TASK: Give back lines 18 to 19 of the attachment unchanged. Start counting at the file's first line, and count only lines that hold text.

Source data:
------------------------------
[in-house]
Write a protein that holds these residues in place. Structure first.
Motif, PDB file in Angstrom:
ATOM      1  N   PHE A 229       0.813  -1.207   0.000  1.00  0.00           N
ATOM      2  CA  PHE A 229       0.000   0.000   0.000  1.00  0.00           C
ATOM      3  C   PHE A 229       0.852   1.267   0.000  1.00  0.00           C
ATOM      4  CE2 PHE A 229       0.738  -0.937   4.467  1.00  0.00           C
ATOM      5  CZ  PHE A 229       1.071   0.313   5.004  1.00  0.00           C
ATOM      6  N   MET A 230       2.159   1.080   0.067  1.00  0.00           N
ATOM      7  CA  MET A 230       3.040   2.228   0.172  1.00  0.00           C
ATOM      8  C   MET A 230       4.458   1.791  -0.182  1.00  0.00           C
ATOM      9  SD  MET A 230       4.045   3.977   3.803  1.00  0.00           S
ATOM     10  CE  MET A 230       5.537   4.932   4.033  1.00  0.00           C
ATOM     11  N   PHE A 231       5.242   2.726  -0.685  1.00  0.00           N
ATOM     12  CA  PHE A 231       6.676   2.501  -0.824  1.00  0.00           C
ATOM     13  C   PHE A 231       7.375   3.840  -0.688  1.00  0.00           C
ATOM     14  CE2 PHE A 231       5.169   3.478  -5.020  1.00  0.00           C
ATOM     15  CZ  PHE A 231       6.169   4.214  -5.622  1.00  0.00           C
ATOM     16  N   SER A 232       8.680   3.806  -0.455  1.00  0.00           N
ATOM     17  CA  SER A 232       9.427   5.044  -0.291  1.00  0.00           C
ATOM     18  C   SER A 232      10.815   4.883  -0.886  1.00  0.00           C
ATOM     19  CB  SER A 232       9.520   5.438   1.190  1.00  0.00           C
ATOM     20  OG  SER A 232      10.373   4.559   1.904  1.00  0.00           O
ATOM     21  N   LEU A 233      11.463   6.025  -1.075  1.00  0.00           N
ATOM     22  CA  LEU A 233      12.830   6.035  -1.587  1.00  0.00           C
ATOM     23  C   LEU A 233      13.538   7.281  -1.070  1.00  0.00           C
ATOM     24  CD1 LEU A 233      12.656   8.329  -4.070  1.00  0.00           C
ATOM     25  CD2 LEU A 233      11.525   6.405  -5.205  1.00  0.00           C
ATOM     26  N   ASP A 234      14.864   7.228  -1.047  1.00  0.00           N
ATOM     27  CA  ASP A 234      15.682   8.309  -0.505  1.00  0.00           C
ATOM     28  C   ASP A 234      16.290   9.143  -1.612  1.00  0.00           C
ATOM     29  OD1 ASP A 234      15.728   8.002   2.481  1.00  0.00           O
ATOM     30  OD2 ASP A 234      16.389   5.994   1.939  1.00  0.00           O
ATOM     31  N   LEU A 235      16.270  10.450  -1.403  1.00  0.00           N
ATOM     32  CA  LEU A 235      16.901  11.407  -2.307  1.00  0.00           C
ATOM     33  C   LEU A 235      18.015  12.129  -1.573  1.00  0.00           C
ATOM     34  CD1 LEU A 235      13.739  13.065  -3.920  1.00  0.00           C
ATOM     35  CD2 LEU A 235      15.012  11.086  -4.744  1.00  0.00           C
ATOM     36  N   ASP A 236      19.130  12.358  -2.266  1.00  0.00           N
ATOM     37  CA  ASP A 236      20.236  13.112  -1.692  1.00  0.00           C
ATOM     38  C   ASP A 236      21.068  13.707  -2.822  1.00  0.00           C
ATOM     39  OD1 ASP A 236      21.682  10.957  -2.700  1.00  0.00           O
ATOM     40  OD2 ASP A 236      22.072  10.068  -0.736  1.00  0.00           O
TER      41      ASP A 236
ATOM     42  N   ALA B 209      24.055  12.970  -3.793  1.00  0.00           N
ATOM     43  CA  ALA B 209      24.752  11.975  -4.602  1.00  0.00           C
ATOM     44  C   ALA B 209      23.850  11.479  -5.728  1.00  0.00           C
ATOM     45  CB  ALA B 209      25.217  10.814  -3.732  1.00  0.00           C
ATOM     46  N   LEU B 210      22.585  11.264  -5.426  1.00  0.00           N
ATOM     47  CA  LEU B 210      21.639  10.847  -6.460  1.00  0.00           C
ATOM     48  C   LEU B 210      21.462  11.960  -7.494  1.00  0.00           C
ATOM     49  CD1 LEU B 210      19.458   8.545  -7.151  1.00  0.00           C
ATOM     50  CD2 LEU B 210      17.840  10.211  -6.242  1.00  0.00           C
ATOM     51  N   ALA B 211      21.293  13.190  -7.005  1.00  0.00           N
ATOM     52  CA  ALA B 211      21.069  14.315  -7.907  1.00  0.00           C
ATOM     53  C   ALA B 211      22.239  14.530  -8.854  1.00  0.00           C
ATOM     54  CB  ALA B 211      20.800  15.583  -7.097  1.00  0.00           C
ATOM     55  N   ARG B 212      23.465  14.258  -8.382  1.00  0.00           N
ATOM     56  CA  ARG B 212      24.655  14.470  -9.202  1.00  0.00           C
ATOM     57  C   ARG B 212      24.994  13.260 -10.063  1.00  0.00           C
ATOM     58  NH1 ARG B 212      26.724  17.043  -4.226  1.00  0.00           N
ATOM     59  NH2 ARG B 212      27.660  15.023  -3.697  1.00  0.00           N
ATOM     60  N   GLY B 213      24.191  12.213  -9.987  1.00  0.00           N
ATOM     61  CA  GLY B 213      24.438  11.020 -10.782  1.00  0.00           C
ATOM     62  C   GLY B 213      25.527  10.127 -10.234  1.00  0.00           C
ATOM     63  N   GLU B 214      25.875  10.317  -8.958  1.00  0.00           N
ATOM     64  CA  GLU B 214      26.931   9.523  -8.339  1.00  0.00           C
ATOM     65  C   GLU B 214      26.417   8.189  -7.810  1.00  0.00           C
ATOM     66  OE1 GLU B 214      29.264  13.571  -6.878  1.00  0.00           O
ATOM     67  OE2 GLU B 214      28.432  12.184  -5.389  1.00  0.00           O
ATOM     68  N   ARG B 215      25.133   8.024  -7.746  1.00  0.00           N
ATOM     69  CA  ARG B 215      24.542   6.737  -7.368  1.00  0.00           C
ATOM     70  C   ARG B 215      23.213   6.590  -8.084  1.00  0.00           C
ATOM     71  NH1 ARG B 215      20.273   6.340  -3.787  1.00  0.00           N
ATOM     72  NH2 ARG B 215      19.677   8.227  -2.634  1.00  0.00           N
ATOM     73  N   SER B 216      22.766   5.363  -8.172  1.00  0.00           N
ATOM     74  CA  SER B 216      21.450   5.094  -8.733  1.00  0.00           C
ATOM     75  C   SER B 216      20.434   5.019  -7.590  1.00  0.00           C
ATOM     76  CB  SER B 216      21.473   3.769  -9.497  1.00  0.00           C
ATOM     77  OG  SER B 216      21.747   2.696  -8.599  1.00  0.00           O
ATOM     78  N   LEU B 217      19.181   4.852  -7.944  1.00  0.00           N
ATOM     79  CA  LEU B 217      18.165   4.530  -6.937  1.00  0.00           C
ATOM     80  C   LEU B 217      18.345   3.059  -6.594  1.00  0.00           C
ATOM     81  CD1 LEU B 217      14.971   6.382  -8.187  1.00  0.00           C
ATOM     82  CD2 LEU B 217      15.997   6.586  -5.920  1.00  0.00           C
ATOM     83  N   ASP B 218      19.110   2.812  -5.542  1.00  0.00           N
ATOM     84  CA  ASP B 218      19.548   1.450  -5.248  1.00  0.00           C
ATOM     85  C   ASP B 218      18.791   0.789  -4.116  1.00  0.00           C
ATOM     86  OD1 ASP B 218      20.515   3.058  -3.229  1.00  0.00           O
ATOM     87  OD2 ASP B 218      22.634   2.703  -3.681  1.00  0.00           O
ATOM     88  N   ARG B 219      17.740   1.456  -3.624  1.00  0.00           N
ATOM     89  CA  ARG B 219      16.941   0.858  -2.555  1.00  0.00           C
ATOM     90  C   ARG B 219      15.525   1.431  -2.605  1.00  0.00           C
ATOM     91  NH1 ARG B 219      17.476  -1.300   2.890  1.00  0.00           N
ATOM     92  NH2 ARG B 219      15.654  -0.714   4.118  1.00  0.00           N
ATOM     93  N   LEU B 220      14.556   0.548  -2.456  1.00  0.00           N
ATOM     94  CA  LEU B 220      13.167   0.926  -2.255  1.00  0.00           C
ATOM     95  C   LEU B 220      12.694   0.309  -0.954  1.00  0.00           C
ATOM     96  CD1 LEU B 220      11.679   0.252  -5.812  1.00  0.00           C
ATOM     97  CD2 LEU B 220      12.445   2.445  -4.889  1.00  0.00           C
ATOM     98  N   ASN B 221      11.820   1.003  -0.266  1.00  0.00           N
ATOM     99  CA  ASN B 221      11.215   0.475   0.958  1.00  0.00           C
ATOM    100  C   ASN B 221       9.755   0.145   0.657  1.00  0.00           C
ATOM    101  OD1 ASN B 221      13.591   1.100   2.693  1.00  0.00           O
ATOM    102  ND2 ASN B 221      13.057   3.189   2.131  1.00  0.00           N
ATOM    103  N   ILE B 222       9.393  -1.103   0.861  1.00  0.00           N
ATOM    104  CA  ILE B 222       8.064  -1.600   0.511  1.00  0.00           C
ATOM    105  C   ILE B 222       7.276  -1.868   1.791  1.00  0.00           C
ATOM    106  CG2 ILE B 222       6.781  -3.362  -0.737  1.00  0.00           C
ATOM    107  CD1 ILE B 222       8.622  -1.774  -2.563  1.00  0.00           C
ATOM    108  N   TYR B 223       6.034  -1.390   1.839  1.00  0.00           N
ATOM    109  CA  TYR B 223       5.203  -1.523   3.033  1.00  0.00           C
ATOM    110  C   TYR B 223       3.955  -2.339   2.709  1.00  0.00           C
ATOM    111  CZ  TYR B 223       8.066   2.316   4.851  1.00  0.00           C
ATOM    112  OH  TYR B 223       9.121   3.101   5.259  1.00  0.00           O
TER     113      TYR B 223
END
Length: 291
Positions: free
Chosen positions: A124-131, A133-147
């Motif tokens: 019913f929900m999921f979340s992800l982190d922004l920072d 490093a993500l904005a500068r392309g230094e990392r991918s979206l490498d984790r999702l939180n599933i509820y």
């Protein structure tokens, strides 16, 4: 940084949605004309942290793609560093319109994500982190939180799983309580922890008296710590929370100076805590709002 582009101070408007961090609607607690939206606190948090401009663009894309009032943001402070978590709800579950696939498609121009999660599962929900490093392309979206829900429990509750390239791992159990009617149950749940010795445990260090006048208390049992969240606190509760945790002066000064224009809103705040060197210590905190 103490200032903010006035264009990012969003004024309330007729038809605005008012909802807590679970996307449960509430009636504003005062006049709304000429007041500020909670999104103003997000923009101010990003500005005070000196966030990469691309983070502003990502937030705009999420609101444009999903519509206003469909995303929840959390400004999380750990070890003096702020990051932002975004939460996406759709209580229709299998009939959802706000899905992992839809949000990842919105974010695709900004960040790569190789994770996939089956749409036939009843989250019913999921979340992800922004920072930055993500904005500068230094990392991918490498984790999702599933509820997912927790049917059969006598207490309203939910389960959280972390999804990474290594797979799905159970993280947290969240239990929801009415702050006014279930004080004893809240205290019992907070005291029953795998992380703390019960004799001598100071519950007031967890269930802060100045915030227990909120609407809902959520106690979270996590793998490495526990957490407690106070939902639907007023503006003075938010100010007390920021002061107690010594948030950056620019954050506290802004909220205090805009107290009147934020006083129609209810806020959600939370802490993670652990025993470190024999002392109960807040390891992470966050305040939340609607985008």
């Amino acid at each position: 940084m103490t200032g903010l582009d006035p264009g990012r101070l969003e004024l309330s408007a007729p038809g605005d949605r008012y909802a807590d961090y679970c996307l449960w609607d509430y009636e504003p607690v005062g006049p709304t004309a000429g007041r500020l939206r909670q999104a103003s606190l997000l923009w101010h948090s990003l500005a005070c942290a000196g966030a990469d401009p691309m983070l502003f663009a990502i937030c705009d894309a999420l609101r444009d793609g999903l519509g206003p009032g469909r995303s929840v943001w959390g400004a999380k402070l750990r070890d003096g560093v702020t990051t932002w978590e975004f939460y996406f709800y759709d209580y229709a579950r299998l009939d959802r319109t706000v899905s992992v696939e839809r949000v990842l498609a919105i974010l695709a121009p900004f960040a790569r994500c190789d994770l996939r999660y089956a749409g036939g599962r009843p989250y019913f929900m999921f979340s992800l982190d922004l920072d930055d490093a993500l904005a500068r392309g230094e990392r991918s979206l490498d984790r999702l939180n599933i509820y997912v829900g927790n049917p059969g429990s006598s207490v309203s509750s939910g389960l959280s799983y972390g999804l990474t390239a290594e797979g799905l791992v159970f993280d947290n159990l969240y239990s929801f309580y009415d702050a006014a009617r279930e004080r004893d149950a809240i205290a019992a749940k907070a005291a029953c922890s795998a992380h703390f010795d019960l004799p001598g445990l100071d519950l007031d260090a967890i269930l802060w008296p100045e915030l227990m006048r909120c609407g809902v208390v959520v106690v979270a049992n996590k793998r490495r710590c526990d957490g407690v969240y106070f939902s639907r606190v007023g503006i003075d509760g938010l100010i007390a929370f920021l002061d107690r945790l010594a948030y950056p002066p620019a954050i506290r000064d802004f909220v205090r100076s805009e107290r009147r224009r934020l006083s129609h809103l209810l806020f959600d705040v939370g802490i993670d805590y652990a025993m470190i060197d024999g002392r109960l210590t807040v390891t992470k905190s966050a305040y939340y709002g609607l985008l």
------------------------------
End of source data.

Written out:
ATOM     15  CZ  PHE A 231       6.169   4.214  -5.622  1.00  0.00           C
ATOM     16  N   SER A 232       8.680   3.806  -0.455  1.00  0.00           N